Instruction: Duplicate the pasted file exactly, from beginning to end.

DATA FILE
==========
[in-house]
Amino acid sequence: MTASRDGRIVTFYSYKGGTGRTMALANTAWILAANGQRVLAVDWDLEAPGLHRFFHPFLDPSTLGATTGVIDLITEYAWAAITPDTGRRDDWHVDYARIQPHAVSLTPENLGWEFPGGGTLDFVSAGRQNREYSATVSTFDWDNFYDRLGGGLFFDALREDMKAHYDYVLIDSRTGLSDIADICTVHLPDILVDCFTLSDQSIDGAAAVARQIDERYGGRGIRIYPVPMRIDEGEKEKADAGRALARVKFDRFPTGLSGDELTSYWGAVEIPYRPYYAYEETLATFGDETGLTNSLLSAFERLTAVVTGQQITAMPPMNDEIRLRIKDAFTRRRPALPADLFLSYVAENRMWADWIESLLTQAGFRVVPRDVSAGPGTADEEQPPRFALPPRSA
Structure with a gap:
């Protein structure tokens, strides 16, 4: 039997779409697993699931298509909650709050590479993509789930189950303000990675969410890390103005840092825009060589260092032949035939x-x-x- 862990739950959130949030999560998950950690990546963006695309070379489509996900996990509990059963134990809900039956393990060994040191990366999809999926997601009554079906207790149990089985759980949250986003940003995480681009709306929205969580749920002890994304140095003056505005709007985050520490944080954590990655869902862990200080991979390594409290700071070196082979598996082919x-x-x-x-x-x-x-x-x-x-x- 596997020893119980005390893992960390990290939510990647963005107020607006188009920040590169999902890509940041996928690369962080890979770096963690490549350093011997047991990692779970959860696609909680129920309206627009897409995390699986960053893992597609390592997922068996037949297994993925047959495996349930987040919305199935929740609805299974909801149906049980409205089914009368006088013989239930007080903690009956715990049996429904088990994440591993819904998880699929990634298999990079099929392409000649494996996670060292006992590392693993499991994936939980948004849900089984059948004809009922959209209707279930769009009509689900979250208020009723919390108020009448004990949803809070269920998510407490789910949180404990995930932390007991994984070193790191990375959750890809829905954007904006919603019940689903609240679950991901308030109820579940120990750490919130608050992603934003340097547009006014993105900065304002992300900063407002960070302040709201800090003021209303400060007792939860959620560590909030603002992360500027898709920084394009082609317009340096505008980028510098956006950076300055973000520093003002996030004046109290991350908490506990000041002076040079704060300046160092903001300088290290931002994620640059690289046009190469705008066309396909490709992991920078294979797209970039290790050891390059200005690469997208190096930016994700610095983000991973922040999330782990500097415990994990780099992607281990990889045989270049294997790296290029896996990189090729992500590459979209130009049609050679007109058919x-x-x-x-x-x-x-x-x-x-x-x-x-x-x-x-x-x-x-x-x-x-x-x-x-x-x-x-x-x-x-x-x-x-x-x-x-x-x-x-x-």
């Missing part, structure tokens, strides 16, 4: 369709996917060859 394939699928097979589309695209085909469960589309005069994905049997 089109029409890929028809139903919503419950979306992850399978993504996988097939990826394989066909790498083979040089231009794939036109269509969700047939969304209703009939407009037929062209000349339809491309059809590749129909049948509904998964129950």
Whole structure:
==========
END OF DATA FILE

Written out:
[in-house]
Amino acid sequence: MTASRDGRIVTFYSYKGGTGRTMALANTAWILAANGQRVLAVDWDLEAPGLHRFFHPFLDPSTLGATTGVIDLITEYAWAAITPDTGRRDDWHVDYARIQPHAVSLTPENLGWEFPGGGTLDFVSAGRQNREYSATVSTFDWDNFYDRLGGGLFFDALREDMKAHYDYVLIDSRTGLSDIADICTVHLPDILVDCFTLSDQSIDGAAAVARQIDERYGGRGIRIYPVPMRIDEGEKEKADAGRALARVKFDRFPTGLSGDELTSYWGAVEIPYRPYYAYEETLATFGDETGLTNSLLSAFERLTAVVTGQQITAMPPMNDEIRLRIKDAFTRRRPALPADLFLSYVAENRMWADWIESLLTQAGFRVVPRDVSAGPGTADEEQPPRFALPPRSA
Structure with a gap:
């Protein structure tokens, strides 16, 4: 039997779409697993699931298509909650709050590479993509789930189950303000990675969410890390103005840092825009060589260092032949035939x-x-x- 862990739950959130949030999560998950950690990546963006695309070379489509996900996990509990059963134990809900039956393990060994040191990366999809999926997601009554079906207790149990089985759980949250986003940003995480681009709306929205969580749920002890994304140095003056505005709007985050520490944080954590990655869902862990200080991979390594409290700071070196082979598996082919x-x-x-x-x-x-x-x-x-x-x- 596997020893119980005390893992960390990290939510990647963005107020607006188009920040590169999902890509940041996928690369962080890979770096963690490549350093011997047991990692779970959860696609909680129920309206627009897409995390699986960053893992597609390592997922068996037949297994993925047959495996349930987040919305199935929740609805299974909801149906049980409205089914009368006088013989239930007080903690009956715990049996429904088990994440591993819904998880699929990634298999990079099929392409000649494996996670060292006992590392693993499991994936939980948004849900089984059948004809009922959209209707279930769009009509689900979250208020009723919390108020009448004990949803809070269920998510407490789910949180404990995930932390007991994984070193790191990375959750890809829905954007904006919603019940689903609240679950991901308030109820579940120990750490919130608050992603934003340097547009006014993105900065304002992300900063407002960070302040709201800090003021209303400060007792939860959620560590909030603002992360500027898709920084394009082609317009340096505008980028510098956006950076300055973000520093003002996030004046109290991350908490506990000041002076040079704060300046160092903001300088290290931002994620640059690289046009190469705008066309396909490709992991920078294979797209970039290790050891390059200005690469997208190096930016994700610095983000991973922040999330782990500097415990994990780099992607281990990889045989270049294997790296290029896996990189090729992500590459979209130009049609050679007109058919x-x-x-x-x-x-x-x-x-x-x-x-x-x-x-x-x-x-x-x-x-x-x-x-x-x-x-x-x-x-x-x-x-x-x-x-x-x-x-x-x-």
């Missing part, structure tokens, strides 16, 4: 369709996917060859 394939699928097979589309695209085909469960589309005069994905049997 089109029409890929028809139903919503419950979306992850399978993504996988097939990826394989066909790498083979040089231009794939036109269509969700047939969304209703009939407009037929062209000349339809491309059809590749129909049948509904998964129950």
Whole structure: